Originally Posted by mandrix
Hmm. On your psu selection for 5V SB...don't most psu's have +5VSB?
I was thinking this was common, but I'm far from a psu expert. As you may remember, I'm tapping from the +5VSB on my SeaSonic to energize a relay on system start.
Congrats on your remote setup!
All PC PSU's have +5VSB, but keep in mind that I have 4 PSU's total, only 2 of which are PC type PSU's:
Primary PSU . . . . . . . . in the usual location behind the lower rad, powers the Mobo, 1st GPU, and perhaps the case lighting (NZXT 750W)
Secondary PSU . . . . . . under the optical drive bay cage for the 2nd, 3rd, & 4th GPU's . . . this one has only PCIe connections (NZXT 1000W)
Auxilliary 12V PSU . . . . mounts on the forward mobo tray area and supplies 12V for the rad fans controller and the linear actuators, with it's +5VSB supplying the RC board
Auxilliary 24V PSU . . . . mounts on the forward mobo tray area as well, and suppplies 24V for the six D5's, and with additional voltage regulators, supplies 5V and 12V for the 3 channel PWM controller, the flow meters, and the flow rate / RPM displays.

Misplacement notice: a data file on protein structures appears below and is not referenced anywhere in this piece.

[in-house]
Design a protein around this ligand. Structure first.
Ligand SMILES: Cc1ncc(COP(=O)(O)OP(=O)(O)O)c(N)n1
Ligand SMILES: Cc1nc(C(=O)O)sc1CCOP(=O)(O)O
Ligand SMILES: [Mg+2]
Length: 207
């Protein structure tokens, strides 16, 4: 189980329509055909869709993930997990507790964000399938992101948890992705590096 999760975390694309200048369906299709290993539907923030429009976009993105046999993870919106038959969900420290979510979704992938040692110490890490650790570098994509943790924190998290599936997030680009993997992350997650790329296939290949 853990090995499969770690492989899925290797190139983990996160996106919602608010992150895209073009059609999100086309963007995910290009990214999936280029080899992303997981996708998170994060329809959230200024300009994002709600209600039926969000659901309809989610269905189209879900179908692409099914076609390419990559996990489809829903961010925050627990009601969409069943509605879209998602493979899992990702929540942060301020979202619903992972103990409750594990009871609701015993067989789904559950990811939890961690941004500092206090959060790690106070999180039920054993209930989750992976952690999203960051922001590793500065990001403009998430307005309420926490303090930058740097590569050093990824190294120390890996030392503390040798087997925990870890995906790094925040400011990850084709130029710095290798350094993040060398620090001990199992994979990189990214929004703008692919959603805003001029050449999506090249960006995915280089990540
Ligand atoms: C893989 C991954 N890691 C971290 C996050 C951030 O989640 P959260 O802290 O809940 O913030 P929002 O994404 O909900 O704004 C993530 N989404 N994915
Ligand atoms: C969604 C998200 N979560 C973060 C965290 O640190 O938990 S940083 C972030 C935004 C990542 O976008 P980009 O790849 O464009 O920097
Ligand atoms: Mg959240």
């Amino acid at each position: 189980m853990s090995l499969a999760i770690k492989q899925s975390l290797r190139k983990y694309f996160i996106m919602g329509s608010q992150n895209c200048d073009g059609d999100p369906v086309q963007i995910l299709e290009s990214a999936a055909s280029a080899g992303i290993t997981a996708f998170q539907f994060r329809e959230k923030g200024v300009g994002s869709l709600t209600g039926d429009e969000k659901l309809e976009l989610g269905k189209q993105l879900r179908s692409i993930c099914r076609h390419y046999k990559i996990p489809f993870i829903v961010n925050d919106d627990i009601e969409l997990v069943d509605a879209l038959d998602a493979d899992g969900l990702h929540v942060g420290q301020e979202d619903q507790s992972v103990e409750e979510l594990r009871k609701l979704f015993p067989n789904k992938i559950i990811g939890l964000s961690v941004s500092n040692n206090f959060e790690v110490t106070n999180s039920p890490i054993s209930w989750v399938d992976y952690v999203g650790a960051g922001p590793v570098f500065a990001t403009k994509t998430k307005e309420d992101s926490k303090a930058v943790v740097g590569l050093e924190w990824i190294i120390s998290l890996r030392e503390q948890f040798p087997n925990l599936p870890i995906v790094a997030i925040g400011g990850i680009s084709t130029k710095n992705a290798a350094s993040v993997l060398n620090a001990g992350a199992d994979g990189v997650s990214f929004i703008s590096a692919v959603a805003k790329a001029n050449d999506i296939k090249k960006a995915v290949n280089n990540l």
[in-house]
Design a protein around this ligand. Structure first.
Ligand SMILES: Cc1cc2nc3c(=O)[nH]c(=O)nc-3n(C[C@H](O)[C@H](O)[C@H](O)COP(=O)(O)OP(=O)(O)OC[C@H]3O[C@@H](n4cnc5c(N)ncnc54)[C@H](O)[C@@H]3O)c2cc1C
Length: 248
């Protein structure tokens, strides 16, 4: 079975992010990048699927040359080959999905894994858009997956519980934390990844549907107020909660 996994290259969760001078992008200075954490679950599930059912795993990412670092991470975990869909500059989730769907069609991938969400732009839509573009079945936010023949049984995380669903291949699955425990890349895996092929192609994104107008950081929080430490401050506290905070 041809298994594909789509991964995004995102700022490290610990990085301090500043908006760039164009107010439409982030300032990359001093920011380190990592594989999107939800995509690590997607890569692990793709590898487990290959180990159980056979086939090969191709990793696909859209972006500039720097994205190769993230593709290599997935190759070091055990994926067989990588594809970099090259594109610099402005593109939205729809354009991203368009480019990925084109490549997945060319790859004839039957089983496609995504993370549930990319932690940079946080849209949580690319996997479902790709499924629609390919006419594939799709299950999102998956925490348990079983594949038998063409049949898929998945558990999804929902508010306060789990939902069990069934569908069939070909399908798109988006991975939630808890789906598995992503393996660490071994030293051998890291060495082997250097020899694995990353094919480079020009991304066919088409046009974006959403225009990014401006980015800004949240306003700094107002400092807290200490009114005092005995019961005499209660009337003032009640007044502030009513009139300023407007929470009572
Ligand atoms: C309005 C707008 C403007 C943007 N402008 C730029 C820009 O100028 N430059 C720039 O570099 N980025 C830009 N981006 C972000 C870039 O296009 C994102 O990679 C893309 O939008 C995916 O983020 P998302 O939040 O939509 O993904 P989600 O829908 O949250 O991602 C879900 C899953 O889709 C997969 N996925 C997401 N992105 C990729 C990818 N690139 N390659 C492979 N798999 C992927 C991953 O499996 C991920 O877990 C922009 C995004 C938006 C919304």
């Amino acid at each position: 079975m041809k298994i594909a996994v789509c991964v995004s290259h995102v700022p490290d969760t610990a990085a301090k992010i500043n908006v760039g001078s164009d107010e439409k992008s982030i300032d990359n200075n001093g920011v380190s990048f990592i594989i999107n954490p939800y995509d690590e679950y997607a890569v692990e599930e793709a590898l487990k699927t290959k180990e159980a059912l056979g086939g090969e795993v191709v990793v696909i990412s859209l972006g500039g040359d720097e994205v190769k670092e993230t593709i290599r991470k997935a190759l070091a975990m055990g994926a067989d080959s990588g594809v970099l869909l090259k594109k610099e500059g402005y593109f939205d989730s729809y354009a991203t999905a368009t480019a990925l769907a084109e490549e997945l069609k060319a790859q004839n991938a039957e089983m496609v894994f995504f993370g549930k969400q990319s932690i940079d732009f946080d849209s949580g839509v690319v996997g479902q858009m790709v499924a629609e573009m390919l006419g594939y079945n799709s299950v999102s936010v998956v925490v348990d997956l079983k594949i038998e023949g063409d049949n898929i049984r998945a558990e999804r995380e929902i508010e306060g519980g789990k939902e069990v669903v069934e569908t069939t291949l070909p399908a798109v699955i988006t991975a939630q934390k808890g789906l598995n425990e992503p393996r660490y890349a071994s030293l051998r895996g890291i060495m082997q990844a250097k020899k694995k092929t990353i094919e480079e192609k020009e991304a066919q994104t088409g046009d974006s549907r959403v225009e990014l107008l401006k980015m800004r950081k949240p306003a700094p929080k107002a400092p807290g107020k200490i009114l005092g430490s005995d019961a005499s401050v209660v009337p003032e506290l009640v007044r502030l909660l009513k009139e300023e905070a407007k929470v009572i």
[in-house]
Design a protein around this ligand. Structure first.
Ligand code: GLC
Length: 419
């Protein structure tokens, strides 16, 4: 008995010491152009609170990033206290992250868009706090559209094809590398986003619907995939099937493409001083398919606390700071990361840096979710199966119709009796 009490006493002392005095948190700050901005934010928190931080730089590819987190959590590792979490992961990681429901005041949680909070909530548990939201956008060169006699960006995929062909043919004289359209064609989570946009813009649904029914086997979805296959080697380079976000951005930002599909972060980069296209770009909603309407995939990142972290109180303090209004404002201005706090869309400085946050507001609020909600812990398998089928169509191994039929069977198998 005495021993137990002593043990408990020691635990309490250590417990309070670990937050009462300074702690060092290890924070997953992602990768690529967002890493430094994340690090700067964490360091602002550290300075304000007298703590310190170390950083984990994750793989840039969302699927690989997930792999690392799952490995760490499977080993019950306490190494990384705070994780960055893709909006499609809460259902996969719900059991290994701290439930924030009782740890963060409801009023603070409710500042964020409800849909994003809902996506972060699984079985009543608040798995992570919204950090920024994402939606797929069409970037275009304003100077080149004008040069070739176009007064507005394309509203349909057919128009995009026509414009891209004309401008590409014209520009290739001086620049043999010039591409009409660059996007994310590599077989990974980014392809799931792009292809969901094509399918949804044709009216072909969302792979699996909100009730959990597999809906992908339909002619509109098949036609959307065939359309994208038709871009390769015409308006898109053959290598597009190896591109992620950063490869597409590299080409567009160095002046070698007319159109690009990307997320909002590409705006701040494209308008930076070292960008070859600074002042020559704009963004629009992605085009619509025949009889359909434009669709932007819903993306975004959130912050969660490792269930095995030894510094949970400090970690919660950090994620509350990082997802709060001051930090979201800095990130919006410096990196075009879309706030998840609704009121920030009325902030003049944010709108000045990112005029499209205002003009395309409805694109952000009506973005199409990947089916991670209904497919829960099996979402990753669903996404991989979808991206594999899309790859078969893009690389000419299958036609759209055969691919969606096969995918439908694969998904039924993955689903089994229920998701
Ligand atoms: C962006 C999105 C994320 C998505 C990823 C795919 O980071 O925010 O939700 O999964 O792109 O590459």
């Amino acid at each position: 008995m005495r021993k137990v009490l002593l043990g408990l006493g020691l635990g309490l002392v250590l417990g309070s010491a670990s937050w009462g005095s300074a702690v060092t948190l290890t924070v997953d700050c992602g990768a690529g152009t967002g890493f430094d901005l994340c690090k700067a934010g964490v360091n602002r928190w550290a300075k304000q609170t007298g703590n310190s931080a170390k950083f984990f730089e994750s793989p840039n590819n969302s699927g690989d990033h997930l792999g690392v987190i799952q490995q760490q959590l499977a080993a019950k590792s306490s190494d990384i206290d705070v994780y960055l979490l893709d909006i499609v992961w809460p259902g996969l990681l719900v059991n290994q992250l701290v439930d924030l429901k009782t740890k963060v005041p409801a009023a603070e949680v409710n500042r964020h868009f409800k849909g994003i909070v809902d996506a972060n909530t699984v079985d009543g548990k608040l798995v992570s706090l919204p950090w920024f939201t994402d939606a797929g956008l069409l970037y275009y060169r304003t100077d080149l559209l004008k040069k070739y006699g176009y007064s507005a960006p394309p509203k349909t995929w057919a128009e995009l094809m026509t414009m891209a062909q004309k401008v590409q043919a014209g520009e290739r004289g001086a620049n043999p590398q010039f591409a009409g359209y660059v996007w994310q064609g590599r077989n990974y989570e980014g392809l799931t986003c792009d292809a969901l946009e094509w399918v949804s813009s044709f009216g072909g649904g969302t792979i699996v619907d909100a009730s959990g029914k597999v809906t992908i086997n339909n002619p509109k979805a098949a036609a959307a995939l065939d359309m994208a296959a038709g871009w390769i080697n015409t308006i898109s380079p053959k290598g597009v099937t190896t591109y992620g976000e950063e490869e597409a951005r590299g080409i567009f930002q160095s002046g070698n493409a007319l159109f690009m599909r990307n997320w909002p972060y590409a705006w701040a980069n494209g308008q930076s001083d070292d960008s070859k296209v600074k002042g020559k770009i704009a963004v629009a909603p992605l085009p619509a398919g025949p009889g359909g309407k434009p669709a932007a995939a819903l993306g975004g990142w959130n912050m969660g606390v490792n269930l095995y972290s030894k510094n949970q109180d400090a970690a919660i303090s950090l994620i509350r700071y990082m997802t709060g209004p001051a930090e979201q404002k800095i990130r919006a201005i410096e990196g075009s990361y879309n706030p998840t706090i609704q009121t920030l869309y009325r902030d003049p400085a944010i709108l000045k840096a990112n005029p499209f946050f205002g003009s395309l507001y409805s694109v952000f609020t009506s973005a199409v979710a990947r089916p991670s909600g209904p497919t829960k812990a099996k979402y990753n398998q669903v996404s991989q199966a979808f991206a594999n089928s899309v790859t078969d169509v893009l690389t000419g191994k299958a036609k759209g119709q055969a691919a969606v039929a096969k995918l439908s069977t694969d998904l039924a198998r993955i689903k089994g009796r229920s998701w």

It was my selection of the Auxilliary PSU's that I was referring to, when I mentioned that having a +5VSB, (and contact on/off control) were part of the selection criteria, as only the higher end units have those features, while most do not.
The reasoning behind the PSU setup is multi fold:
To allow me to run the pumps for leak testing etc. without having to have any power to the system at all, and unplugging mobo cables just isn't practicle for something this big with hard to reach places
To allow me to open the side window to perform maintenance in the event of some problem, like a leak where powering the on the main PSU's would be contra-indicated, or the system fails to power up for some reason
The gull wing side window can't easily / reasonably be removed without it being opened, so to insure access to the inside of the PC, I have to have an essentially dedicated system to control it with built in back-ups and manual capabilities.
The way I have it all configured;
When the system powers up normally, it powers on all three additional PSU's so everything functions normally.
Additionally, I can power on either of the Auxilliary PSU's independantly of each other and of the system PSU's for testing, maintenance, or diagnostics when required.
Not exactly simple, but it does help to cover possible contingencies, and prevent me from painting myself into a corner with very slow drying paint.
DarleneEdited by IT Diva - 3/3/13 at 7:00am